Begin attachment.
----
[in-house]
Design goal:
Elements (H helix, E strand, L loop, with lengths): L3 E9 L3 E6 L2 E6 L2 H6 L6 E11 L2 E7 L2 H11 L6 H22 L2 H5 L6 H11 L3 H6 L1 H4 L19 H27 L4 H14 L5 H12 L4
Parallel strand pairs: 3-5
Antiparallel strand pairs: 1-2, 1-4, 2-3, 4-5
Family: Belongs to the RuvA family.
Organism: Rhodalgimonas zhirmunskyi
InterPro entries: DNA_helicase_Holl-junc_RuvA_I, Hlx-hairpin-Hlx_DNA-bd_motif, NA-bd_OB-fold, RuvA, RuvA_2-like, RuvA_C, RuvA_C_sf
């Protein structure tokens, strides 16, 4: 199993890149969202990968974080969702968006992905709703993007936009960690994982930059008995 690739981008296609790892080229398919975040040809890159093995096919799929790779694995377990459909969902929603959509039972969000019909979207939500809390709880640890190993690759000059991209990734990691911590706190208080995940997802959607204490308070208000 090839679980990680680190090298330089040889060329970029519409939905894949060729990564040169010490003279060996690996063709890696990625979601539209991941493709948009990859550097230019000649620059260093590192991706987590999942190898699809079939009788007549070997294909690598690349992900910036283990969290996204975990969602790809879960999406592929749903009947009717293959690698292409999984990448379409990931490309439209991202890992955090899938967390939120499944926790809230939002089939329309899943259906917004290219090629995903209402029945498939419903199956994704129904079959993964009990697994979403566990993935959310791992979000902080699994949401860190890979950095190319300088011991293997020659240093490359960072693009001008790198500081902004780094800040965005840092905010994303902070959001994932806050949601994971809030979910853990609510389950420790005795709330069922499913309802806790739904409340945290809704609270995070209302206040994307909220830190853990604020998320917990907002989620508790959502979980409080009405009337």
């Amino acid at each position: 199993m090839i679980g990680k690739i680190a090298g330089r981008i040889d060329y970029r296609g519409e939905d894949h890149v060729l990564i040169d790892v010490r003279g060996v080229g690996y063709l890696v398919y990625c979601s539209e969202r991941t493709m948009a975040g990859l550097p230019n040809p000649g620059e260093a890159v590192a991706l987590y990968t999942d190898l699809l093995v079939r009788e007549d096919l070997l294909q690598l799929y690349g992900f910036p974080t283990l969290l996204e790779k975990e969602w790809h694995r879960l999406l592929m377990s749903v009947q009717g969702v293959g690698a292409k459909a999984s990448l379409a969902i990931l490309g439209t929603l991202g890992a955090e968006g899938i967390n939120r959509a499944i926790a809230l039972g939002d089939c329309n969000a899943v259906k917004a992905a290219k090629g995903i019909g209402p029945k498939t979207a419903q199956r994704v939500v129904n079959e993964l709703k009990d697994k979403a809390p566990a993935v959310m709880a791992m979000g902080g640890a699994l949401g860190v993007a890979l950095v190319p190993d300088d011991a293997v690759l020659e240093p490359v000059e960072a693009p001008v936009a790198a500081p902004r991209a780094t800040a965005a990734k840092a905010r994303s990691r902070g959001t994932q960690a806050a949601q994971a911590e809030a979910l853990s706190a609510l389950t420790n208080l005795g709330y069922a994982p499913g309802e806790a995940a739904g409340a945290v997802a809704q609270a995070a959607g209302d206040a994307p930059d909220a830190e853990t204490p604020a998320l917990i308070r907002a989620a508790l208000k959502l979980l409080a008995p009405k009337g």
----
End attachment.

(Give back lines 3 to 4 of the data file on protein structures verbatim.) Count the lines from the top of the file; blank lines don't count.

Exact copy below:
Elements (H helix, E strand, L loop, with lengths): L3 E9 L3 E6 L2 E6 L2 H6 L6 E11 L2 E7 L2 H11 L6 H22 L2 H5 L6 H11 L3 H6 L1 H4 L19 H27 L4 H14 L5 H12 L4
Parallel strand pairs: 3-5